As with most heat-loving exotics, the container plants should not spend the cold time of year outside, rather in a frost-free winter residence. Lantana are best overwintered in a light airy space at around 50 degrees Fahrenheit. The plants drop their leaves depending on the light and temperature relationships. If you do not have a bright spot for overwintering, lantana can also be overwintered in the dark at a pinch. In this case, the crown should already be pruned by a half in the fall. In a dark winter residence the temperature should be between 41 and 50 degrees Fahrenheit. Prevent temperature fluctuations as these belabor lantana. Whether in a light or a dark winter residence - the soil should never fully dry out during the winter days, but it should primarily not be too wet. Lantana should be given more water again as early as possible in the year (February) and placed somewhere warmer. The later the plants are encouraged to shoot in the spring, the later they will flower in the summer.
Lantana can be particularly easily propagated with cuttings. For this, cut a 3.91 inch long shoot end just under a leaf node in the spring and remove the lower leaves. Dab the cut point with rooting powder to ensure it forms new roots as quickly as possible. Then push it into a small pot with potting soil and water lightly. A transparent film hood will keep the cutting moist. When it has formed roots and new shoots, move the young plant to a bigger pot. Trimming the shoot tips stimulates branching. If you want to grow a standard, you should leave the main shoot unpruned until it has reached the desired crown height.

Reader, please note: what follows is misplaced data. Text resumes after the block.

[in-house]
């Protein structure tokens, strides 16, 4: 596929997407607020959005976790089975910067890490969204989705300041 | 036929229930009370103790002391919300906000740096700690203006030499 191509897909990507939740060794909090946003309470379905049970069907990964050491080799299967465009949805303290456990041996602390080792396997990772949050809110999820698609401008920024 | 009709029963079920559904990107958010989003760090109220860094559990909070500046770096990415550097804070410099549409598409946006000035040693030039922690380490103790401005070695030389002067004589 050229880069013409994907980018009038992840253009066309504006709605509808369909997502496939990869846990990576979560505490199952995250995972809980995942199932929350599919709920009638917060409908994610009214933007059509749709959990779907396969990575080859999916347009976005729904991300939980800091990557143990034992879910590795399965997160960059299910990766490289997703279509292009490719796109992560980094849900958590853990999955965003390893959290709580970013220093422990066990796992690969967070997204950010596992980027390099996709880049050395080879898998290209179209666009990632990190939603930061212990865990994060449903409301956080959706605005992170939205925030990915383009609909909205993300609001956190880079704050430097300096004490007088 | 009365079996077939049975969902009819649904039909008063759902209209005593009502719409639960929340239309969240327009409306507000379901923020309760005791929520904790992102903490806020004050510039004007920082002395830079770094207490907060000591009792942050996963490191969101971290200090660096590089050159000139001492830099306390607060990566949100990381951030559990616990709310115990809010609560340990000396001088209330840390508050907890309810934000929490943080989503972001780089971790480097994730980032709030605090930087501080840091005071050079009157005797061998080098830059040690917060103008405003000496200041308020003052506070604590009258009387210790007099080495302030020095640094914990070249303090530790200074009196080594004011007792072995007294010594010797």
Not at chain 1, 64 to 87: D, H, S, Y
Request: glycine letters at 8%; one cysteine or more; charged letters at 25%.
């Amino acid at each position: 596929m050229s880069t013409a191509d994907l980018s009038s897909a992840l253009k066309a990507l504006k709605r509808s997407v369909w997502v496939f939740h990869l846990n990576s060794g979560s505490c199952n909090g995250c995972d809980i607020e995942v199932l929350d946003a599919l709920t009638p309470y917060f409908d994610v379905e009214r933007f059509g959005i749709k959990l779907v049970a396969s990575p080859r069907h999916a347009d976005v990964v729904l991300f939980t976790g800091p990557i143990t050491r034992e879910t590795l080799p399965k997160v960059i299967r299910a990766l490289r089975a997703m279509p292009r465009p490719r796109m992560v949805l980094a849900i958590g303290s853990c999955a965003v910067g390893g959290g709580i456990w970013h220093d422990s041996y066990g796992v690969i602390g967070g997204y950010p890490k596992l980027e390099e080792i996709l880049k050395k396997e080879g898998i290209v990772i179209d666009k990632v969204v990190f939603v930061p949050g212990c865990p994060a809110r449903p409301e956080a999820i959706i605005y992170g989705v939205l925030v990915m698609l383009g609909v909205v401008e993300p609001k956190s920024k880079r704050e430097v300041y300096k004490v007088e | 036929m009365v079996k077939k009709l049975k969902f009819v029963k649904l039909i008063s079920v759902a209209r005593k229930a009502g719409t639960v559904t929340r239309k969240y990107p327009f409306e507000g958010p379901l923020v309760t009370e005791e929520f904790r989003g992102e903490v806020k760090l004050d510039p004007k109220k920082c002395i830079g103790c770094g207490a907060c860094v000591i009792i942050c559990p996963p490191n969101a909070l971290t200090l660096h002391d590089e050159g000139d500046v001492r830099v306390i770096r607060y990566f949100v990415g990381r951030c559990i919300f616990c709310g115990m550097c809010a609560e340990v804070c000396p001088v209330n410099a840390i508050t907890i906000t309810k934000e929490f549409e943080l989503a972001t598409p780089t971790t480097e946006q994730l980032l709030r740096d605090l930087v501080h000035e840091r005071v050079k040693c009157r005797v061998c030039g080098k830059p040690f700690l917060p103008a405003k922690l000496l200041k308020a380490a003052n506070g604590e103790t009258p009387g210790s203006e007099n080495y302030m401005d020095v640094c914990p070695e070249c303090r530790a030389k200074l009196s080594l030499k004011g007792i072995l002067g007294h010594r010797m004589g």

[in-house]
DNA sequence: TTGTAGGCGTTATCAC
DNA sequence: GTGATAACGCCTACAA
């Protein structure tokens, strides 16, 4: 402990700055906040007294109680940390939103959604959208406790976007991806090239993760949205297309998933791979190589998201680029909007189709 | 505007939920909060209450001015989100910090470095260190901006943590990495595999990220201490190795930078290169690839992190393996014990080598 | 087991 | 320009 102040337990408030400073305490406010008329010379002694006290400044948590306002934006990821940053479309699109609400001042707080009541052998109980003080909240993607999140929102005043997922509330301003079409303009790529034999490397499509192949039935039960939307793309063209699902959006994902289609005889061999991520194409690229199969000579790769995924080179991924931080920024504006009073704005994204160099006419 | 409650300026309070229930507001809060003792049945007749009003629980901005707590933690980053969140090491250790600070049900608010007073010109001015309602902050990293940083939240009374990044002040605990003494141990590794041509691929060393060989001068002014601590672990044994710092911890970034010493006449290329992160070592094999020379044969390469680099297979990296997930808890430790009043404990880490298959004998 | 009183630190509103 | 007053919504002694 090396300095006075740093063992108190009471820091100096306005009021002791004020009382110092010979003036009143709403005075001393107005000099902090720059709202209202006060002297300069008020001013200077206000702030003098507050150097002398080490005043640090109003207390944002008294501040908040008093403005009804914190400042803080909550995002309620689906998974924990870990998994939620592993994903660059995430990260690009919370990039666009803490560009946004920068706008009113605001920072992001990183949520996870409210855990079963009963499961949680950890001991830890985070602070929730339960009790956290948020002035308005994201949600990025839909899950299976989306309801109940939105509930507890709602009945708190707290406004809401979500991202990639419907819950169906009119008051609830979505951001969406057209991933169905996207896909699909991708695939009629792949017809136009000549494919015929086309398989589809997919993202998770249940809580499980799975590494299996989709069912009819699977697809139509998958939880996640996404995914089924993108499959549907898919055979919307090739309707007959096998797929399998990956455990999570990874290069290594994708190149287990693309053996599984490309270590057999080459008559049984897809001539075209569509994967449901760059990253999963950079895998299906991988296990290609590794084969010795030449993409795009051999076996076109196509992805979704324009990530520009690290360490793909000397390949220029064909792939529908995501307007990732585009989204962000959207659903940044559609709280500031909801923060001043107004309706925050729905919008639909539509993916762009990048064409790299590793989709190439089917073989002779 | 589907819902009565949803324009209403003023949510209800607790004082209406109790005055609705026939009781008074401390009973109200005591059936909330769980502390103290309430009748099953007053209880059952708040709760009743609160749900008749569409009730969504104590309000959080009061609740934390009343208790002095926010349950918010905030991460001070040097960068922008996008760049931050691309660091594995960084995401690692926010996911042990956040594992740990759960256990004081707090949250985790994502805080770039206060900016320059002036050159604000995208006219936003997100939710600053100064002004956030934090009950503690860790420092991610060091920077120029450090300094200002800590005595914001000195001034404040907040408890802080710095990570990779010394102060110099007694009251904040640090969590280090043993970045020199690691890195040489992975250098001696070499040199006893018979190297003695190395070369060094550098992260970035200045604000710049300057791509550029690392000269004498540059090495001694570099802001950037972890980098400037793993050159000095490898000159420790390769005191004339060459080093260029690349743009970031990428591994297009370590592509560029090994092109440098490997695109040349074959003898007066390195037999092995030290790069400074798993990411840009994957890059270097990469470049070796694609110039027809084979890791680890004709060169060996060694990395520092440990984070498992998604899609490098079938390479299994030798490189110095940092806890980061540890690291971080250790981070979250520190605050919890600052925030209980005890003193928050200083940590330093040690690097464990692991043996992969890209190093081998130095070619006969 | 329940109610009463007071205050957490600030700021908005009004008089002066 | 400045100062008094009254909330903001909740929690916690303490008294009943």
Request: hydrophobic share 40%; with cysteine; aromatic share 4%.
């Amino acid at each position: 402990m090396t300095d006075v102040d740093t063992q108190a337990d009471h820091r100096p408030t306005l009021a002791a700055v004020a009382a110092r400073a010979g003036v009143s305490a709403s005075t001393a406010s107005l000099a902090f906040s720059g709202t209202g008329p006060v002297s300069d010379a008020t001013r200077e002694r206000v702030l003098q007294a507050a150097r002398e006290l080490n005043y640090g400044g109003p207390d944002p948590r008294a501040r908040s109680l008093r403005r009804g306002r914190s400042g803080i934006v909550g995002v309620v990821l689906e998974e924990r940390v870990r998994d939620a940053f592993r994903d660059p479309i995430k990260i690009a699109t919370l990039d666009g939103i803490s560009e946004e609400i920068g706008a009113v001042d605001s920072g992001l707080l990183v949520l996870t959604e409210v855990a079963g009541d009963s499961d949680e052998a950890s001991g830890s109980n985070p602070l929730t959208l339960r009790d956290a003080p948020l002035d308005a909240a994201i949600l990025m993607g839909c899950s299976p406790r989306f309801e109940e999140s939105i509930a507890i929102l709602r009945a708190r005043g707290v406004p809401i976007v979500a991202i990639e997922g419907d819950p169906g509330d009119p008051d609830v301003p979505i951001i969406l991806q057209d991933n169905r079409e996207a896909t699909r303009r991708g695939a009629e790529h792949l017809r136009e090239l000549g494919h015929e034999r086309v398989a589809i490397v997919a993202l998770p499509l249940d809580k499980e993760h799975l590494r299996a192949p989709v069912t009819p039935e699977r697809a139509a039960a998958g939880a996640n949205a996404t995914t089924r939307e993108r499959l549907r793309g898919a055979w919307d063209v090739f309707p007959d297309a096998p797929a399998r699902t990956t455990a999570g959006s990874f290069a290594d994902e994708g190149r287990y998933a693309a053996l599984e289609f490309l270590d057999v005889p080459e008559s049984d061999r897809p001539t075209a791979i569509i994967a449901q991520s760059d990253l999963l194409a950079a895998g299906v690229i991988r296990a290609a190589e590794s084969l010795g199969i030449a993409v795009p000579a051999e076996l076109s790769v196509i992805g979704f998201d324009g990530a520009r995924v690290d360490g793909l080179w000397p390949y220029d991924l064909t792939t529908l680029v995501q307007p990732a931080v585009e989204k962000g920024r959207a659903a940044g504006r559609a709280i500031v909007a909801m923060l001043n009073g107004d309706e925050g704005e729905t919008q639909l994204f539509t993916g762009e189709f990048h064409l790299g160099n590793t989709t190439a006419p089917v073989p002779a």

Vigorous growing varieties with long shoots are increasingly being replaced by compact breeds that remain small. These are best combined with other potted flowers. The more unusual the color display, the more popular the variety. ‘Bandana Pink’ branches out very well, has compact growth and a dark green foliage. The two-toned flowers of the Bandana series are considered the most popular on the market. ‘Calippo Gold’ is vibrant with single-colored chrome-yellow flowers and is enchanting with its upright, bushy growth. ‘Esperanta Pink’ adorns itself with flowers in an astounding color combination. The Esperanta series is characterized by long flowering periods and reduced seed formation. ‘Tropic Lantanas Tukan’ is a particular eye-catcher with its white and yellow flowers.